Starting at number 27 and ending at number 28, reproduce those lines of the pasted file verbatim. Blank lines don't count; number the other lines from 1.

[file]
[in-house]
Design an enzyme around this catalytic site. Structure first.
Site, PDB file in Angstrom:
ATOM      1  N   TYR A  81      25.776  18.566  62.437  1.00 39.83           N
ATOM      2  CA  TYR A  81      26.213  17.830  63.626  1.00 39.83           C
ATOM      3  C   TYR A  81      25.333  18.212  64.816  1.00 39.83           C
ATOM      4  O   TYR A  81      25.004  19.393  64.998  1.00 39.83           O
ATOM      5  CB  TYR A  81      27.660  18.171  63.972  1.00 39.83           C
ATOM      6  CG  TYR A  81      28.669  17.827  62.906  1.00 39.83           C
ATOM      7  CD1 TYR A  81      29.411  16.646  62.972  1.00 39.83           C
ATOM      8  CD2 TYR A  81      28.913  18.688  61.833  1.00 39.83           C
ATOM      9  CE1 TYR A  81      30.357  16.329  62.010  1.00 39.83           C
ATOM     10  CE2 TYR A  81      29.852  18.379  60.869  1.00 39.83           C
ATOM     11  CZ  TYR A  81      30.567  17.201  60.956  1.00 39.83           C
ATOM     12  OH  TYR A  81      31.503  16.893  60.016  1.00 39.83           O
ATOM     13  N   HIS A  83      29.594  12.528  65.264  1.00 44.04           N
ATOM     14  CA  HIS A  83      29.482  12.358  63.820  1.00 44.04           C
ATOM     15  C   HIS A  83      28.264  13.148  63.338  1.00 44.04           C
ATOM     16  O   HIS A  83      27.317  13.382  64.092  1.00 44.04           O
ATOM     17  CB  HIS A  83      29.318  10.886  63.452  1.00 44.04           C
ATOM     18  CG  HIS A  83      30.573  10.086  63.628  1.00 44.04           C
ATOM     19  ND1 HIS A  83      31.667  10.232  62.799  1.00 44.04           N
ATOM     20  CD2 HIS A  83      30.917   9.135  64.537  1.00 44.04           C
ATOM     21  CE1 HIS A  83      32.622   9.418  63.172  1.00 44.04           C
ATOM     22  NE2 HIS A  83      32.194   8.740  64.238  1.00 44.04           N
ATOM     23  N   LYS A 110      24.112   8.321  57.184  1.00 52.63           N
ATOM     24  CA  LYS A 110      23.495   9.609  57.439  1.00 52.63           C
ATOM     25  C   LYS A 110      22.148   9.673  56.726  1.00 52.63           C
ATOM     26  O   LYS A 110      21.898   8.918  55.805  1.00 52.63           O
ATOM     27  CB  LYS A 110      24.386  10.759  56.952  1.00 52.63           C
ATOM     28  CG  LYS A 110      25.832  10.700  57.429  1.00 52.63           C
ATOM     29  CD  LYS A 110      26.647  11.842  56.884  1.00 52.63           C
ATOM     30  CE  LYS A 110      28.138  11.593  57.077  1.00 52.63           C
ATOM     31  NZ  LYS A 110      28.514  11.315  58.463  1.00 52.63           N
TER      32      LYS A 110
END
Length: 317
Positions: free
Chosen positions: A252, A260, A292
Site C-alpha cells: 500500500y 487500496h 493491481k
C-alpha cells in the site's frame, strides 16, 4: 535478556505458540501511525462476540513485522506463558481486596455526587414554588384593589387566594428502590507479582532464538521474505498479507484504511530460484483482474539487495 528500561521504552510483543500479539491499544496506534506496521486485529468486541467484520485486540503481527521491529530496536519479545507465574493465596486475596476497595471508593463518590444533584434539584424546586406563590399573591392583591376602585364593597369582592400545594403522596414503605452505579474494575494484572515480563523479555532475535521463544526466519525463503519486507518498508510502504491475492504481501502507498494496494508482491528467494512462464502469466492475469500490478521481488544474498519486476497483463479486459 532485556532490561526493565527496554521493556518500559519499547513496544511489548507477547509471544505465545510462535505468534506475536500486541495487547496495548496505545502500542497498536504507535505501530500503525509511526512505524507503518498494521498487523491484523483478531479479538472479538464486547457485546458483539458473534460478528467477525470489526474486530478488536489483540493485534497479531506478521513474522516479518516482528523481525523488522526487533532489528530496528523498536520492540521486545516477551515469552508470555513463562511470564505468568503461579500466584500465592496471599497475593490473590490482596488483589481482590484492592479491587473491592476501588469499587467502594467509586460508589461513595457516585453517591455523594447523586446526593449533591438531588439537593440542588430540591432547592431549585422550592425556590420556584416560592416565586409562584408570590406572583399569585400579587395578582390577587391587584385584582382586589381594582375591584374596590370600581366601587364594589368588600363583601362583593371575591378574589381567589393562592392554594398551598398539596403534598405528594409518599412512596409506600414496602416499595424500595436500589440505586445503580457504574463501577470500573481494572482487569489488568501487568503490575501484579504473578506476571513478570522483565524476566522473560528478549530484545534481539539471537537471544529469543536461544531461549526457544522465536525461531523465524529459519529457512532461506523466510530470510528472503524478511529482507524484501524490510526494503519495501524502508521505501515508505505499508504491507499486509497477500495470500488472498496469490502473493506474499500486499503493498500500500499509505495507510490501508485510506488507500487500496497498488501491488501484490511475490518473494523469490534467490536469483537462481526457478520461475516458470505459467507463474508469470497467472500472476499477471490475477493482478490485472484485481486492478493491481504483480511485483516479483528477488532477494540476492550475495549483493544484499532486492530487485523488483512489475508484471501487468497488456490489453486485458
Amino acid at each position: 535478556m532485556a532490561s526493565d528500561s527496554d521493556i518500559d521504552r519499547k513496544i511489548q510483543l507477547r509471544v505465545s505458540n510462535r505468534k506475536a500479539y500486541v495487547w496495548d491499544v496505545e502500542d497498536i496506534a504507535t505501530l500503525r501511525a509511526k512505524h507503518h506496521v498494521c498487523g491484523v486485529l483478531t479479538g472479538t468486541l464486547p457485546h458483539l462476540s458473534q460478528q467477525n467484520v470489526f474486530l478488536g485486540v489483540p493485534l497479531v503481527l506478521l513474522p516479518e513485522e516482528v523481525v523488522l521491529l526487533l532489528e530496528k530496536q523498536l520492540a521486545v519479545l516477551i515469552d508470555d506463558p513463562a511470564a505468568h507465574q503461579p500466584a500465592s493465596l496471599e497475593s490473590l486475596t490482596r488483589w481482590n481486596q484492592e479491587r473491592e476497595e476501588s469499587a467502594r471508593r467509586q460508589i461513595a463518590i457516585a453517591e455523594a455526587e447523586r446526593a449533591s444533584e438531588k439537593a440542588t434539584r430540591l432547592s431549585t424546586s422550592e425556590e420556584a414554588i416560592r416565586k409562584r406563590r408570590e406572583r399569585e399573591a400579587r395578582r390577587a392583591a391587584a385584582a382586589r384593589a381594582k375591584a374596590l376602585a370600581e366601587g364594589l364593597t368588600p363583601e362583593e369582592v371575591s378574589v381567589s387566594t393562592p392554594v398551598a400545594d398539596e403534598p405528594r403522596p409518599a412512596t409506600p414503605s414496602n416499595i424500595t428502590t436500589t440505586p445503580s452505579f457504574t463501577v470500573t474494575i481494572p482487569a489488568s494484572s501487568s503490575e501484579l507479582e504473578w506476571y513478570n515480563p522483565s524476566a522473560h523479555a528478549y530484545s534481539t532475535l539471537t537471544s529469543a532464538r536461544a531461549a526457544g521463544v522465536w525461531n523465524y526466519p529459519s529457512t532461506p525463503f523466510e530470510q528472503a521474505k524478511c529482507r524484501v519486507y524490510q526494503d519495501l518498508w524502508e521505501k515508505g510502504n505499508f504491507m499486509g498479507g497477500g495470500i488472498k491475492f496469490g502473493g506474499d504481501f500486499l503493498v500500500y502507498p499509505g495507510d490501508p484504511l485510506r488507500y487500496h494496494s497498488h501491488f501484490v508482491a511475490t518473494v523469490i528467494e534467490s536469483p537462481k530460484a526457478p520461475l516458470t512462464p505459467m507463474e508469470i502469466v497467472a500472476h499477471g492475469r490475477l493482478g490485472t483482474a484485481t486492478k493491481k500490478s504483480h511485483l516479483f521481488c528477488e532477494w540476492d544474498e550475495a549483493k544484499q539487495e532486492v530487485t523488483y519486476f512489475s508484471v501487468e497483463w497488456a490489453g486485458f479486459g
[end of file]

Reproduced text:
ATOM     24  CA  LYS A 110      23.495   9.609  57.439  1.00 52.63           C
ATOM     25  C   LYS A 110      22.148   9.673  56.726  1.00 52.63           C